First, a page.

“I love the agency, but the core of what it was was never going to change: the constant traveling; not having a family; the divorce rate is really high,” she says. “Even though I was 25 and I didn’t want to get married yet, I was thinking about what I wanted out of my life. I loved counterterrorism. Like loved counterterrorism. So I left something that I loved. I thought, OK, I can do counterterrorism, but on the home side and become a special agent of the FBI.”

Walder resigned from the CIA in May, and two days later, she started training at the FBI’s academy in Quantico, Virginia. That is when everything went to hell—and also led her here.


“Far as I know, I’m the only female on the op side of the CIA in years, a special agent like that, to go from agency to agency,” Walder says. “If anything, you’ll see analysts, which is not to diminish them. It’s just unusual. Highly unusual.”

Maybe there is a reason, because her choice to join the FBI was a disaster from the start. For one thing: few of her fellow trainees at Quantico believed that she had been in the CIA, and those who did thought that maybe she had been a secretary. The agents in charge of her training were also skeptical. More alarming: misogyny was rampant, she says, even among the small cohort of women.

“At the academy, you have a session where you’re training how to do interviews, right? They ask you to put on a suit. Fine. I put on a suit. And I don’t dress like I’m a stripper. I remember my head teacher pulling me aside saying, ‘You know what? You made the male instructors really uncomfortable, so you’re going to need to buy a suit three sizes too big.’ The CIA never had a problem. When I briefed the president, this wasn’t a problem. Why is this a problem now?”

For a while, I jokingly considered the possibility that maybe Walder hadn’t actually left the CIA, that everything since then had been an elaborate ruse. Why else would someone leave all that behind?

She says now that she should have just quit. But she thought that once she made it through and became an actual agent, the situation would improve. Especially since she was assigned to work counterintelligence out of the Los Angeles office, in the Santa Ana Resident Agency, 10 minutes away from her parents and, to her, in almost every way, a dream assignment. Exactly what she wanted to do, exactly where she wanted to do it.

But in Los Angeles, it was just more of the same. “When I got to the office, Friday was jeans day or whatever, so I would wear jeans, and the head admin person sent an email saying that because I made people feel uncomfortable in my jeans, they were taking away jeans day. Singled me out.”

She says she’s proud of the work she did in the FBI, including help take down a Chinese spy ring as part of one of the agency’s biggest counterintelligence cases. But, as she writes in her book, “throughout my time in the bureau, I couldn’t help but note that my skills and talents weren’t being properly utilized. I was The Girl in the eyes of the agency, and everything I was asked to do reflected that. … When there were children involved, I was the girl who babysat. Where there was a wife, daughter, or mother involved, I was the girl who would be their friend.”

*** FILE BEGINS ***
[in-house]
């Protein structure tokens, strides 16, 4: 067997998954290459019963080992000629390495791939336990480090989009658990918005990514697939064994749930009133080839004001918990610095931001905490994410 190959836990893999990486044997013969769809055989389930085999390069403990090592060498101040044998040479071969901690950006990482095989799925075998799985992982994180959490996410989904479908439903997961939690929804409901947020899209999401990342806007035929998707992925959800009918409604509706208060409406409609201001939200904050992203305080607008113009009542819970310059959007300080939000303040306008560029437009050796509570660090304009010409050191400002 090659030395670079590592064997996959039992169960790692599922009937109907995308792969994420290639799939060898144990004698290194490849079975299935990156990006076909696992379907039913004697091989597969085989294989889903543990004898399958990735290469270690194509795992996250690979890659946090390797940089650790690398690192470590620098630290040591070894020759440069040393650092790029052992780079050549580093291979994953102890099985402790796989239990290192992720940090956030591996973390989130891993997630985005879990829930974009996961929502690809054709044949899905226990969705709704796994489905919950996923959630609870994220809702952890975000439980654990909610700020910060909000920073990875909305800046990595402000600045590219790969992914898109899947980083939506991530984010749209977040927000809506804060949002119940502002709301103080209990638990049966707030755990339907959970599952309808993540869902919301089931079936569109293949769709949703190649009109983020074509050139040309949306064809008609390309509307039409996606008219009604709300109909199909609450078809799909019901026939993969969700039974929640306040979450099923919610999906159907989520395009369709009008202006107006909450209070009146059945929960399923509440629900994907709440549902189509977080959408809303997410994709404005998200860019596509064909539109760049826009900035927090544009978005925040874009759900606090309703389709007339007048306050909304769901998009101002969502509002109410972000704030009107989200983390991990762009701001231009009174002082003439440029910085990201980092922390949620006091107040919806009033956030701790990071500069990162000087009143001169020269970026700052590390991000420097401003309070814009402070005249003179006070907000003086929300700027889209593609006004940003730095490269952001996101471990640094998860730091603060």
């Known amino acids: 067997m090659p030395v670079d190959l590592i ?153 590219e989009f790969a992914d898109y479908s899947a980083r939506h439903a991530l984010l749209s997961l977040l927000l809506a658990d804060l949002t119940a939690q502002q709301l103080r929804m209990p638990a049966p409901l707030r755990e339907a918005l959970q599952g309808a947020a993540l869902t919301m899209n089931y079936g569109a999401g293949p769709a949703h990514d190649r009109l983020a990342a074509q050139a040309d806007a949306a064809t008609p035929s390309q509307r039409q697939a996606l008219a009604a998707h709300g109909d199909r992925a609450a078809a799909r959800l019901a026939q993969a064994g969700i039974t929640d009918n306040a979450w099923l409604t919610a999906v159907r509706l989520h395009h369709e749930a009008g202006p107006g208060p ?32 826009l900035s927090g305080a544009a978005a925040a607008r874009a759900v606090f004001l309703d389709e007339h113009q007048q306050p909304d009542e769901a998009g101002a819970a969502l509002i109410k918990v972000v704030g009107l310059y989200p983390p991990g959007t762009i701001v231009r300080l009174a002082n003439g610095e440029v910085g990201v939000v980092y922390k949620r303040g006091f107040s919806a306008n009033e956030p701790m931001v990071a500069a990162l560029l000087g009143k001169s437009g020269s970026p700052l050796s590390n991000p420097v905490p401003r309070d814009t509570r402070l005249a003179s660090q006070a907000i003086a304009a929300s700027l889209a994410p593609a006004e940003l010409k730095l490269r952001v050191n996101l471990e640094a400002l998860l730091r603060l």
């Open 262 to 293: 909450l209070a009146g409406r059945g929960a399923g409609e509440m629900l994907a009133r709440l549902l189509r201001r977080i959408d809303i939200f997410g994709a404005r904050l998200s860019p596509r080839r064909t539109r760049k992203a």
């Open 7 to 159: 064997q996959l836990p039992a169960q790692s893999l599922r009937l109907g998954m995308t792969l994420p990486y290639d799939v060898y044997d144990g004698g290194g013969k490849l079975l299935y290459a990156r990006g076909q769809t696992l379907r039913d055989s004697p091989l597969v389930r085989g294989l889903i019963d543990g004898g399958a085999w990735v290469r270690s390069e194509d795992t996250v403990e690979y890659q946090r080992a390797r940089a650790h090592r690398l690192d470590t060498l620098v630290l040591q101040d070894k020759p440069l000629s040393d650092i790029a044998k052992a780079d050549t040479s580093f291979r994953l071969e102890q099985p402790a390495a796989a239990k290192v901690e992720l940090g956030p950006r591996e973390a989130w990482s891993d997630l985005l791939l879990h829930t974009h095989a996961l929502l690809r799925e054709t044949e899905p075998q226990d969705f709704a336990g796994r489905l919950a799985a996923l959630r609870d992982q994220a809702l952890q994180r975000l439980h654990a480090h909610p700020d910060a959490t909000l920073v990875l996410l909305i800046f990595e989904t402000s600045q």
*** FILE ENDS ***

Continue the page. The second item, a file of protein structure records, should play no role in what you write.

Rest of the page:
She quit after 15 months.

It was the end of Walder’s career as a spy, but it was just the beginning of a new mission, one that had been interrupted by that CIA recruiter. She was ready to teach the young women who might one day follow her.

For a while, I jokingly considered the possibility that maybe Walder hadn’t actually left the CIA, that everything since then had been an elaborate ruse. Why else would someone leave all that behind? Kids dream of being spies, not history teachers, of foreign adventure, not solid marriages to orthodontists.

It’s clear, however, as we talk that teaching is where her passion lies. This is her dream; she speaks about the CIA and FBI like you would any job. She wrote the book on the advice of her husband, Ben, who thought others might be interested in the stories she told him. (She says he hasn’t actually read it yet and is waiting for the audio version.)

But I get the feeling she might have done it just for the last chapter, which takes place at Hockaday and refers to her pupils as her “revolution.”

Through the foreign affairs course she designed and her work on the board of nonprofit Girl Security, she’s trying to encourage young women to pursue careers in government and intelligence, but also just to pay attention to the events around them, to get involved, to change the world in whatever way they can. Her Hockaday students talk about how they’ve grown in confidence through her course, how her example has helped them see themselves in a way they might not have thought possible before, just like that CIA recruiter did for her.

The revolution will one day extend to her daughter, now 4. For now, she has inherited at least one aspect of her mother’s personality. Walder took her daughter to the International Spy Museum in Washington, D.C., over the summer. At first, she didn’t want to go in. She told her mom, “It’s not fancy enough.”